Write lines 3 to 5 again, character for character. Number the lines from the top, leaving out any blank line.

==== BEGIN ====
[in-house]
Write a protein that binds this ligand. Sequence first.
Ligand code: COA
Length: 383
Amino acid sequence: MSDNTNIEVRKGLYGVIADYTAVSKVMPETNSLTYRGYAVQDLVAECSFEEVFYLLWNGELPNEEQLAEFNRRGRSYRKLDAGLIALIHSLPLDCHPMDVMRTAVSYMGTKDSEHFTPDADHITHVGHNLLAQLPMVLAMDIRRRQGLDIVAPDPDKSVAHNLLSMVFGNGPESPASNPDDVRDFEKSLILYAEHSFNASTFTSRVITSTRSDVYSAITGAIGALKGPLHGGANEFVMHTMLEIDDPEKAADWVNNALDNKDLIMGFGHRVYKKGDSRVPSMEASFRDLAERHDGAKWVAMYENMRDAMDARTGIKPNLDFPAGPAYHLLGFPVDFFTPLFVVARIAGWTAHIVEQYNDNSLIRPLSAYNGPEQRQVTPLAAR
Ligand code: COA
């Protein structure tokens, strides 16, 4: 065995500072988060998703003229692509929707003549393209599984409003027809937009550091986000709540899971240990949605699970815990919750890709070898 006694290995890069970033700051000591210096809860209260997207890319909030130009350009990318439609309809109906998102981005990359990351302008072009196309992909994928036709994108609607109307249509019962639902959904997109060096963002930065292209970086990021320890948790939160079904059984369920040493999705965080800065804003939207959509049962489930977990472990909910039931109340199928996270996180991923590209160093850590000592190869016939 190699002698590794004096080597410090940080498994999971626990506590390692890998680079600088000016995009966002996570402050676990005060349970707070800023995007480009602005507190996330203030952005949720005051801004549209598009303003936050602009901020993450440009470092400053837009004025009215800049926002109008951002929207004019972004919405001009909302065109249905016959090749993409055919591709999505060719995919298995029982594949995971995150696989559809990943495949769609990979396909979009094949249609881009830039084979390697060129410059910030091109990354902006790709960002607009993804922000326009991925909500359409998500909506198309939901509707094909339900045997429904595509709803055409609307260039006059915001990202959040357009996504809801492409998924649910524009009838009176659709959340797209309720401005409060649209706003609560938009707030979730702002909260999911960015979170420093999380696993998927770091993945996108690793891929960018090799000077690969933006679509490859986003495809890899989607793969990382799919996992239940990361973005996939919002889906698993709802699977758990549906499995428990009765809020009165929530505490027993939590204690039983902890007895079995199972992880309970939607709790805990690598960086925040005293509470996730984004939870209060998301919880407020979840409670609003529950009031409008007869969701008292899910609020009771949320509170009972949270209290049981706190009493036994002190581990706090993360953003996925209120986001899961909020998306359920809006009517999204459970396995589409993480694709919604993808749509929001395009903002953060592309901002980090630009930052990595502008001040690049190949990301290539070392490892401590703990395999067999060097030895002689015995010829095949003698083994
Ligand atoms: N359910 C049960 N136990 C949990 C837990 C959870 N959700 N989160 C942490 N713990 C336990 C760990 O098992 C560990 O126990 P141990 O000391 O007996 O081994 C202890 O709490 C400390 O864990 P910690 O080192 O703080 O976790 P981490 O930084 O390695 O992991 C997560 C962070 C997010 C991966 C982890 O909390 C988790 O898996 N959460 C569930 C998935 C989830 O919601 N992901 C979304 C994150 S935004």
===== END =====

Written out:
Ligand code: COA
Length: 383
Amino acid sequence: MSDNTNIEVRKGLYGVIADYTAVSKVMPETNSLTYRGYAVQDLVAECSFEEVFYLLWNGELPNEEQLAEFNRRGRSYRKLDAGLIALIHSLPLDCHPMDVMRTAVSYMGTKDSEHFTPDADHITHVGHNLLAQLPMVLAMDIRRRQGLDIVAPDPDKSVAHNLLSMVFGNGPESPASNPDDVRDFEKSLILYAEHSFNASTFTSRVITSTRSDVYSAITGAIGALKGPLHGGANEFVMHTMLEIDDPEKAADWVNNALDNKDLIMGFGHRVYKKGDSRVPSMEASFRDLAERHDGAKWVAMYENMRDAMDARTGIKPNLDFPAGPAYHLLGFPVDFFTPLFVVARIAGWTAHIVEQYNDNSLIRPLSAYNGPEQRQVTPLAAR